Government agencies, businesses, organizations and citizens across the United States will be discussing emergency preparedness in September as they participate in the 2015 National Preparedness Month.
“Every year, communities across our country face emergencies from unforeseen natural disasters to deliberate acts that test our Nation’s grit and challenge us to overcome tragedy,” President Obama said as he proclaimed September as National Preparedness Month. “While my Administration is working to keep all Americans safe, each of us can do our part. Together, we can protect our families and help our communities by planning for emergencies and for the unexpected. Every September, we celebrate our Nation’s spirit of resilience by rededicating ourselves to the important task of being prepared in the face of any crisis.”
According to the Federal Emergency Management Agency, fewer than half of Americans have discussed and developed an emergency plan with their household.
“The last thing you want to be worried about during a disaster is how to communicate with your family members,” said FEMA Administrator Craig Fugate. “Have that conversation today. It doesn’t cost a thing.”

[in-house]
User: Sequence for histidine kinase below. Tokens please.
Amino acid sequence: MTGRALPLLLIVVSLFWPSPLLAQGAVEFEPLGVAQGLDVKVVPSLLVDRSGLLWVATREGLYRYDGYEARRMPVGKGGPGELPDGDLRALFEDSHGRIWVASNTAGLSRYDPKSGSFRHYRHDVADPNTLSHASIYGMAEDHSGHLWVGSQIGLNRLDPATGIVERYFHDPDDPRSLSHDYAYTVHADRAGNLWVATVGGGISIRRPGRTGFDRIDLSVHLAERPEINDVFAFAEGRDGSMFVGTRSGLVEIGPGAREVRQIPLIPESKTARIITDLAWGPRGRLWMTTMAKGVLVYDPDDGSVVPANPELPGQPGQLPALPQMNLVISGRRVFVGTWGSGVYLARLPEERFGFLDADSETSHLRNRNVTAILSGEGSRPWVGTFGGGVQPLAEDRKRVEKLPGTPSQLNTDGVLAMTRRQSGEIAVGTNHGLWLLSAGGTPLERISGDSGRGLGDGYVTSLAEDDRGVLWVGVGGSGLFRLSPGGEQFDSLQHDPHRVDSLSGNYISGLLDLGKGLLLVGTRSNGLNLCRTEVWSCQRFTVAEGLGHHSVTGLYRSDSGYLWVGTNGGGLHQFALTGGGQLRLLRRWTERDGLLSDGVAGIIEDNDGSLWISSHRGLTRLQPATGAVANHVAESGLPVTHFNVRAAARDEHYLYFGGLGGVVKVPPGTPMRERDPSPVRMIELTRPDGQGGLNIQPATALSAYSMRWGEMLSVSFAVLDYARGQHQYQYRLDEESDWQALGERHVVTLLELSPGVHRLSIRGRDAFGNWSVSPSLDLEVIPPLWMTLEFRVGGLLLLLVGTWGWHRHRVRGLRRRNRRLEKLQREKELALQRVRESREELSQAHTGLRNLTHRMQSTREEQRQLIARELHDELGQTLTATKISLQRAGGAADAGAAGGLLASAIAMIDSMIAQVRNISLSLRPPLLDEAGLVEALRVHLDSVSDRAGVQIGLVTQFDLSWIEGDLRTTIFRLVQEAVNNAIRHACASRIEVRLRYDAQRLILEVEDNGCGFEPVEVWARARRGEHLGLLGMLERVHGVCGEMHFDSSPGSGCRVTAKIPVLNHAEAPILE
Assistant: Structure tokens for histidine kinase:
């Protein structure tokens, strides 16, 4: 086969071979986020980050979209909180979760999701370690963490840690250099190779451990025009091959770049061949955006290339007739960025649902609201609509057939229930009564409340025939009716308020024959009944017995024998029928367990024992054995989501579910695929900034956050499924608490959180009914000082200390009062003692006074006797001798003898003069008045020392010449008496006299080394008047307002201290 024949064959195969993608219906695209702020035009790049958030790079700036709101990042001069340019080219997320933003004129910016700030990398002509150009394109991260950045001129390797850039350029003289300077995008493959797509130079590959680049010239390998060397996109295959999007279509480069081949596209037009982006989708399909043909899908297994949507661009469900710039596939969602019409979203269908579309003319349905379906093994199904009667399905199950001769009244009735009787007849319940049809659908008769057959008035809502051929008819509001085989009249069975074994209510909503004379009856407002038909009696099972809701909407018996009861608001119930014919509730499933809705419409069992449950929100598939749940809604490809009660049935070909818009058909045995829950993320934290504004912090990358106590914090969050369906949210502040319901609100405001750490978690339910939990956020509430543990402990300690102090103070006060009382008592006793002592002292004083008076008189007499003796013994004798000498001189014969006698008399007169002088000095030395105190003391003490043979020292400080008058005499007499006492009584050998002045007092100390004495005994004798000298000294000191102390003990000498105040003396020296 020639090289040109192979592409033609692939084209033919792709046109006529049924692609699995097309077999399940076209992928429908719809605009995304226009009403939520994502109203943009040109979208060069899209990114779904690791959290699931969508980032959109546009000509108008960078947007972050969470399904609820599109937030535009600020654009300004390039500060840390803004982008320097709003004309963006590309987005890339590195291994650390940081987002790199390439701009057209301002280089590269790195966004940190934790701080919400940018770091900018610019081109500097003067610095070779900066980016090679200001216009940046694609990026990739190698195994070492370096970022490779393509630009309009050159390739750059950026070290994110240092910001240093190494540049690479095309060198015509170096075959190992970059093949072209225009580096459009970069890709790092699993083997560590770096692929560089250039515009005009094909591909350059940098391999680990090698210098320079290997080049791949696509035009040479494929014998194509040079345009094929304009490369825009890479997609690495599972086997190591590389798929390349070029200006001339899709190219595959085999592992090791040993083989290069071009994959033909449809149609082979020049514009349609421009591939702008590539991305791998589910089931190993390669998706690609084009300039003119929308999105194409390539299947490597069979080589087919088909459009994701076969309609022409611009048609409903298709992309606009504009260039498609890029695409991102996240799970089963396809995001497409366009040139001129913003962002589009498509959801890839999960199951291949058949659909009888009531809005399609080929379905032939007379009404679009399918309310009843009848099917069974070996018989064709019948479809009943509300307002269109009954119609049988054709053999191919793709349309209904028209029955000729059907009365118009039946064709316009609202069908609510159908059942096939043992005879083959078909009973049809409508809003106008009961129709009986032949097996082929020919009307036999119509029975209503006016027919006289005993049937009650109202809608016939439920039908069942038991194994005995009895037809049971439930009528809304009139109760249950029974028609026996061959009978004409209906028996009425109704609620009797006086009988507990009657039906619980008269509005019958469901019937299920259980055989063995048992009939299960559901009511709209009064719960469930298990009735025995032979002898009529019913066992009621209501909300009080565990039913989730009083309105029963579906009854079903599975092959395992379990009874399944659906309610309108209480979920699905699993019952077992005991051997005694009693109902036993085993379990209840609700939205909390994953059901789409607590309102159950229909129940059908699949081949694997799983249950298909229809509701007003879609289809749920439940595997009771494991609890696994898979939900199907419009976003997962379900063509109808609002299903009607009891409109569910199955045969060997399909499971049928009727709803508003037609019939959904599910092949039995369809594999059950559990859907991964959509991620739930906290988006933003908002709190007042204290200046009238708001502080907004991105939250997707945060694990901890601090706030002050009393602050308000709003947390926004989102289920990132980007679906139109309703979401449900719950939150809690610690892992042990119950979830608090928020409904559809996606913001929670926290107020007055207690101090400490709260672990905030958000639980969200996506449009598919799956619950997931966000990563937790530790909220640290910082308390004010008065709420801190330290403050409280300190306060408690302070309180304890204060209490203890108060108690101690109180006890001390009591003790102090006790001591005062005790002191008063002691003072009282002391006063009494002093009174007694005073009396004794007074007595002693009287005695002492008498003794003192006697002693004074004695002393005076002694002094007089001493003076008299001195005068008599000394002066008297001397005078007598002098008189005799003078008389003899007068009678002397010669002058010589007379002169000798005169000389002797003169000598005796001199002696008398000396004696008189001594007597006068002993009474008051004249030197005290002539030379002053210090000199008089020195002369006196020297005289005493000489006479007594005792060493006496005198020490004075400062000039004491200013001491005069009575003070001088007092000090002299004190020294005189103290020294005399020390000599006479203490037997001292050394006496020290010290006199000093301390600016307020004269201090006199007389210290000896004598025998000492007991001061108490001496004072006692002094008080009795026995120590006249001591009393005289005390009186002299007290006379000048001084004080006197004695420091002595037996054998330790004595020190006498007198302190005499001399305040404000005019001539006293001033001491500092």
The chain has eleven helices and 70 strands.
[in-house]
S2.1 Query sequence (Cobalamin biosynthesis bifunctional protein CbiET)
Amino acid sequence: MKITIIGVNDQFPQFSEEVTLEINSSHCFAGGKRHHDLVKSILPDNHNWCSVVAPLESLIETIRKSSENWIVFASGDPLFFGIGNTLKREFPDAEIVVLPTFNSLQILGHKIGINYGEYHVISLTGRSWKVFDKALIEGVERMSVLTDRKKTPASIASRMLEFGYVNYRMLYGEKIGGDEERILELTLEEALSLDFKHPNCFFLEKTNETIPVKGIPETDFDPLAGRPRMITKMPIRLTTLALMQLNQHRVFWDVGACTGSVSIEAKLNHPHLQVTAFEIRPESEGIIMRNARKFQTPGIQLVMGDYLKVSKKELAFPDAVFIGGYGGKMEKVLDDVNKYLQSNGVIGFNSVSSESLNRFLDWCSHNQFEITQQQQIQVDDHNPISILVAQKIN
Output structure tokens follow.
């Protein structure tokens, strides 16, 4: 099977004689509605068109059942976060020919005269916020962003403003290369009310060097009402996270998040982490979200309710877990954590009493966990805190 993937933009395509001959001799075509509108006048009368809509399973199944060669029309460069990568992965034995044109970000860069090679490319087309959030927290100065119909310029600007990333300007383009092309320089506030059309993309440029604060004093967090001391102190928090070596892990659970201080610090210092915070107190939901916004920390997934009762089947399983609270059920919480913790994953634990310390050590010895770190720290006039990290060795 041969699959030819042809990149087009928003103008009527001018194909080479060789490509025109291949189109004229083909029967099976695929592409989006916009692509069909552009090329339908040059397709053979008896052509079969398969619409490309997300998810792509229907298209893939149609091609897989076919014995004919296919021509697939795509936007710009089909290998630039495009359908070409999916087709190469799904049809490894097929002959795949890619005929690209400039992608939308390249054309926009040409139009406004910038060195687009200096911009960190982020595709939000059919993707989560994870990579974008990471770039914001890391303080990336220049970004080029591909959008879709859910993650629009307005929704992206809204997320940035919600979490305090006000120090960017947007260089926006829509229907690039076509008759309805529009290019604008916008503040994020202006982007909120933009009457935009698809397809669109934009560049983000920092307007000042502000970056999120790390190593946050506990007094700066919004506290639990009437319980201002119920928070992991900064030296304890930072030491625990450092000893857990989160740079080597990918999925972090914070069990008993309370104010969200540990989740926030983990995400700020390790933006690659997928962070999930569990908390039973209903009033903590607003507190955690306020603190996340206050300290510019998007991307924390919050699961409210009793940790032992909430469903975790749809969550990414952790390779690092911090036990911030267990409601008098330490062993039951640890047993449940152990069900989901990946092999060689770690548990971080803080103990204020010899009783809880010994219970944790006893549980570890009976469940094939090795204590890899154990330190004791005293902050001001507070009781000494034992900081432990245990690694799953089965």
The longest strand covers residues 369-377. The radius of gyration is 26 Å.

Each week of National Preparedness Month will focus on a different type of hazard:
Week 1: September 1-5 – Flood
Week 2: September 6-12 – Wildfire
Week 3: September 13-19 – Hurricane
Week 4: September 20-26 – Power Outage
Week 5: September 27-30 – Lead up to National PrepareAthon! Day on September 30
Learn tips and join the preparedness conversation during National Preparedness Month by following #NatlPrep in social media.
America’s PrepareAthon! has resources available to help people determine their risk for different types of hazards and prepare their own emergency plan for those hazards, including an earthquake, flood, hurricane, tornado, wildfire and winter storm.
The ASPCA is also reminding pet owners to have an emergency plan for pets.
For more information about emergency preparedness all year long, visit www.ready.gov
Photo Credit: May 2010 flooding in Nashville, Tenn. by David Fine/FEMA